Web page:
Life is Short but Snakes are Long is two years old this month!

Tuesday, April 30, 2013

Spider-tailed Adders


This species was brought to my attention about two years ago by a friend who, like me, was working on completing her Master's thesis at that time. In the post-script of her message, titled 'Probably the coolest thing I've learned in weeks', she wrote "PS I swear this started out as a legitimate search for information for my thesis." In addition to being a welcome distraction from my writing, the story of the Spider-tailed Horned Viper, Pseudocerastes urarachnoides, is, in my opinion, one of the most interesting recent discoveries in herpetology.

The tail in question
The first specimen of P. urarachnoides was collected in 1968 by the Second Street Expedition, mounted on behalf of Chicago's Field Museum of Natural History by a retired businessman and activist couple, William and Janice Street. The primary purpose of the expedition was to collect mammal specimens, but reptiles were also collected, including the first specimen (also known as a type specimen or holotype) of P. urarachnoides. Because only a single specimen was collected, its unusual tail morphology was thought at first to be a solfugid clinging to the tail. Solfugids (also called solpugids, camel spiders, wind scorpions, or sun spiders) are members of the same arthropod class, the Arachnida, as spiders and scorpions, although they are neither spiders nor scorpions. Upon closer examination, the Field Museum's Steven Anderson found that the tail of the snake bore a peculiar structure with an uncanny resemblance to a solfugid that could have been a tumor, congenital defect, or growth caused by a parasite. The snake was identified as Pseudocerastes persicus, the Persian Horned Viper, and entered into the Field Museum collection, where it was almost, but not quite, forgotten.

Egyptian Giant Solfugid (Galeodes arabs)
The story ended there, until 2001, when Hamid Bostanchi collected a second specimen with identical tail morphology to the first. A third specimen was later discovered in the collection of the Poisonous Animal Section of the Razi Institute in Karaj, Iran, in 2008; it had been misidentified as a Desert Horned Viper, Cerastes cerastes. Together with Anderson, who had described the first specimen, and their colleagues Haji Gholi Kami of Gorgan University and Ted Papenfuss of the Berkeley Museum of Vertebrate Zoology, they described the new species in 2006, naming it Pseudocerastes urarachnoides, from the Greek ura (tail), arachno (spider) and ides (similar to). In their paper, Bostanchi et al. described the structure of the tail, which is formed of the last pair of subcaudal scales, much enlarged, and a single enlarged dorsal scale. The elongated components are modified lateral scales. X-rays taken by the team showed that the caudal vertebrae extend well into this structure and are not deformed or modified. Bostanchi et al. also speculated that the function of the modified tail might be to augment caudal luring behavior exhibited by many vipers. By mimicking a solfugid, birds or other would-be solfugid predators could be enticed to approach within the viper's striking distance.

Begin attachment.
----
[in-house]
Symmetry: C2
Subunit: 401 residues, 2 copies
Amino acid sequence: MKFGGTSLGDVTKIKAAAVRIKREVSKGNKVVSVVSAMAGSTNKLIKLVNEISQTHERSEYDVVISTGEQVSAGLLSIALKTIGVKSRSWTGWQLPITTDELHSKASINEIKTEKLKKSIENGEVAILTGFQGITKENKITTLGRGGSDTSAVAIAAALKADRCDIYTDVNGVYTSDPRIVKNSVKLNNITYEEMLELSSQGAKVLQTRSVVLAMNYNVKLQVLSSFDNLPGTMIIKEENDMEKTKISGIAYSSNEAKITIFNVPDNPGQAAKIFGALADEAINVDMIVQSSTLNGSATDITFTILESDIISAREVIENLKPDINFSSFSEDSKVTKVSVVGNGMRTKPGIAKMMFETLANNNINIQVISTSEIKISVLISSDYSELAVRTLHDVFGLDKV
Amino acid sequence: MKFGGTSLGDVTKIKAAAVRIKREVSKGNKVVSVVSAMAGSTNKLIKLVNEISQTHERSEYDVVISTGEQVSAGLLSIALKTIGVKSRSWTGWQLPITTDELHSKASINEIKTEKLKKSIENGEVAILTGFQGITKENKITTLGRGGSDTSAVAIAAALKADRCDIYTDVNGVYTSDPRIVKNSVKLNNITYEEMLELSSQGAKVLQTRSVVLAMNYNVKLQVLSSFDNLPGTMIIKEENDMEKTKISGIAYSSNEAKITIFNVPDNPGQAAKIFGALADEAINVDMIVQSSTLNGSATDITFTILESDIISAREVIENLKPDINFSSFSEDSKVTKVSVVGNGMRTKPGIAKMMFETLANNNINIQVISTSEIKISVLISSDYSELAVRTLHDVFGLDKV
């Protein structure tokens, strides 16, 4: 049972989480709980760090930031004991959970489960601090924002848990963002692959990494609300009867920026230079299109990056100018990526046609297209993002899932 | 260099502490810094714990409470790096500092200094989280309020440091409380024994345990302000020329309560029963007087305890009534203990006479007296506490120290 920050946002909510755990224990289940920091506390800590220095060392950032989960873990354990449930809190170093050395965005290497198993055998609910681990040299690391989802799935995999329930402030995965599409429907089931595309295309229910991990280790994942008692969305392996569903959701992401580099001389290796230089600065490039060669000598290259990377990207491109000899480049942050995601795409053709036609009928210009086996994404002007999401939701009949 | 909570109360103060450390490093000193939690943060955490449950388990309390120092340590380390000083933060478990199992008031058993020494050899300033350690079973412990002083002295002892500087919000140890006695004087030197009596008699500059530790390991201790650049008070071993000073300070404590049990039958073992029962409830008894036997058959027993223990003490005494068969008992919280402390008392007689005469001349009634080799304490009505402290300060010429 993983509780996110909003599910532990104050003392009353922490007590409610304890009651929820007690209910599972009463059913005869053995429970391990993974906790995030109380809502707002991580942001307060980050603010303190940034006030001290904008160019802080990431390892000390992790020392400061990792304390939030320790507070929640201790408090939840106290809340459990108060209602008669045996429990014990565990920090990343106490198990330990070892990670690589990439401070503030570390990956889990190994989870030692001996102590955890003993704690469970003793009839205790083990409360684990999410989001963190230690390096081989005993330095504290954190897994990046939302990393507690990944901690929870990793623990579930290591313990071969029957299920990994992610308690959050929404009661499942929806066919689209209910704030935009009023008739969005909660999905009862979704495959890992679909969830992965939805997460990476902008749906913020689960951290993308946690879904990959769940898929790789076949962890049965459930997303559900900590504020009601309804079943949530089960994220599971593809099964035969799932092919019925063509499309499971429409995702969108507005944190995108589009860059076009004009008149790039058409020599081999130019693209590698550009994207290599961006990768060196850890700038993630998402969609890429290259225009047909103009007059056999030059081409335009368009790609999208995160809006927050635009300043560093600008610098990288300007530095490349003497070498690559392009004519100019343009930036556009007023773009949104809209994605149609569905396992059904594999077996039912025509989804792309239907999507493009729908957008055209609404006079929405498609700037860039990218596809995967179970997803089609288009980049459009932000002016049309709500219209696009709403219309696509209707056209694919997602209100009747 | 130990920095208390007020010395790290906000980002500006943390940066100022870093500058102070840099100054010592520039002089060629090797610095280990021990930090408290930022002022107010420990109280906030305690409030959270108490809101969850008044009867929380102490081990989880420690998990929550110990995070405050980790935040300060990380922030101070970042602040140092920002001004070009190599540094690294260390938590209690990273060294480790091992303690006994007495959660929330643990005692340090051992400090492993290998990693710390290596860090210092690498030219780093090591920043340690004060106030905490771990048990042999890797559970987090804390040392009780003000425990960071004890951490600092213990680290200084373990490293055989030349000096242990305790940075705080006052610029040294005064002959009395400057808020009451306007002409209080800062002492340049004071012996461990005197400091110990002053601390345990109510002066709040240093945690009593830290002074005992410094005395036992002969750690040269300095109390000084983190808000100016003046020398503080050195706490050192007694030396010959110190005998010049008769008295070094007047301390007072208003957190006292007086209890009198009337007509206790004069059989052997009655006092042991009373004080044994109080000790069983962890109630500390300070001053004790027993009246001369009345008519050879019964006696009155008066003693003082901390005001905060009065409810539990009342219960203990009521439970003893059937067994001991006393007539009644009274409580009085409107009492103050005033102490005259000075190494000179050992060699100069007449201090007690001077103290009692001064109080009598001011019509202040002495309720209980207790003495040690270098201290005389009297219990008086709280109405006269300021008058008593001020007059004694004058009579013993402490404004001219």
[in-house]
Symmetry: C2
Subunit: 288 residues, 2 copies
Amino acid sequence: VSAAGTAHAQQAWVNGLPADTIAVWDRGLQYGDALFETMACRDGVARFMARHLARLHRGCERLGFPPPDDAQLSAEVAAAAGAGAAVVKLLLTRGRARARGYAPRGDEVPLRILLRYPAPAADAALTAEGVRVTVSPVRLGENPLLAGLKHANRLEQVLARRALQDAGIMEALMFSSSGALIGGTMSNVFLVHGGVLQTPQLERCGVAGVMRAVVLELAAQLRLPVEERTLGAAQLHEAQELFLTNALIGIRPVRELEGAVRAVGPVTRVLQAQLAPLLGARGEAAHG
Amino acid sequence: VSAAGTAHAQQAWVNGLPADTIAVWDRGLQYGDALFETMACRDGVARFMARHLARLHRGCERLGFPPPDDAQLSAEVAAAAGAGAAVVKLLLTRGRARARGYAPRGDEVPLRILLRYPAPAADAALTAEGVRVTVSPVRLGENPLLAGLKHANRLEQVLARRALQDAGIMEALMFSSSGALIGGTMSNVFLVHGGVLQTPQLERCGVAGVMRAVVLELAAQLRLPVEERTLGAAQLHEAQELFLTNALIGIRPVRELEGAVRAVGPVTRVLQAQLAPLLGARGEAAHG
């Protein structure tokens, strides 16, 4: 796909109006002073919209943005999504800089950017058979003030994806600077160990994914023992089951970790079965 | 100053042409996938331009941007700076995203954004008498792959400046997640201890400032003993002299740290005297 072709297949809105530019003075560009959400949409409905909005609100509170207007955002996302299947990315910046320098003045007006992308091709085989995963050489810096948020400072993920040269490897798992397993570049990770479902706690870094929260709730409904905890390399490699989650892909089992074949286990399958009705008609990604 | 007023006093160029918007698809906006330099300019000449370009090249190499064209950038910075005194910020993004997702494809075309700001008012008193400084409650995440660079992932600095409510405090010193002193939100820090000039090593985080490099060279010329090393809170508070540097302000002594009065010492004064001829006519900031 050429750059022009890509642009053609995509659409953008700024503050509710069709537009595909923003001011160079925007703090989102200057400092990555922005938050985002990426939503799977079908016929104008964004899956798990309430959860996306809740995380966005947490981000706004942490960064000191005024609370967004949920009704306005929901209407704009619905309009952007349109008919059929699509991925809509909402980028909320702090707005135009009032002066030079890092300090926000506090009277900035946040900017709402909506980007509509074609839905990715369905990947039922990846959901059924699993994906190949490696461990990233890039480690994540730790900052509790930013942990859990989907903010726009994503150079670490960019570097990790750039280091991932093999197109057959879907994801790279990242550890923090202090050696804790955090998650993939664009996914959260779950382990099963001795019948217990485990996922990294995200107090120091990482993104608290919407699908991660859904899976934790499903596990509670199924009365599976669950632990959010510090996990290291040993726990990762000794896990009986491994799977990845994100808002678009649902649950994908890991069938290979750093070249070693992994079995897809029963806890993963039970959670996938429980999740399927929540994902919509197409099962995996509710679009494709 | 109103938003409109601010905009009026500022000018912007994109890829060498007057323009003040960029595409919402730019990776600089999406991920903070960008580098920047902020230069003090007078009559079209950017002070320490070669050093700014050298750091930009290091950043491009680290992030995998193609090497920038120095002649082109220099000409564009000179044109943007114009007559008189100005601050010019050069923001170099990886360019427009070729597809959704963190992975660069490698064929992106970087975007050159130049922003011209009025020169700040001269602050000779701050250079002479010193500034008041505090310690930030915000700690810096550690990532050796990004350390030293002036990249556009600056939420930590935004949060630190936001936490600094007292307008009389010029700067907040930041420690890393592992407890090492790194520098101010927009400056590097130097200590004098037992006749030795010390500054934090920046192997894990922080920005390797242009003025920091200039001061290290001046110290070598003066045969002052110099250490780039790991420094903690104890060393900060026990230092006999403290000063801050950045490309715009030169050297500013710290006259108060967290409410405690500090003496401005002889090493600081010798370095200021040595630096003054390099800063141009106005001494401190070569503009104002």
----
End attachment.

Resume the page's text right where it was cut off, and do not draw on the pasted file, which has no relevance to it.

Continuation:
Behavioral observations made in 2008 of a live P. urarachnoides captured in western Iran and maintained in captivity confirm these ideas. Closed-circuit video was used to record behavior, and the results published in the Russian Journal of Herpetology by Behzad Fathinia of Razi University and his colleagues. They observed the snake, a juvenile male that regurgitated a Crested Lark, using its caudal lure to attract sparrows and baby chickens that they introduced into its enclosure. When the birds approached and pecked the tail, the snake struck and envenomated the birds, a process taking less than one half second. A bird was also found in the stomach of the paratype specimen, further evidence that this species might feed heavily on birds in the wild with the aid of its spectacular caudal lure. The tail of P. urarachnoides probably represents the most elaborate morphological caudal ornamentation known in any snake, with the possible exception of the sound-producing rattles of rattlesnakes.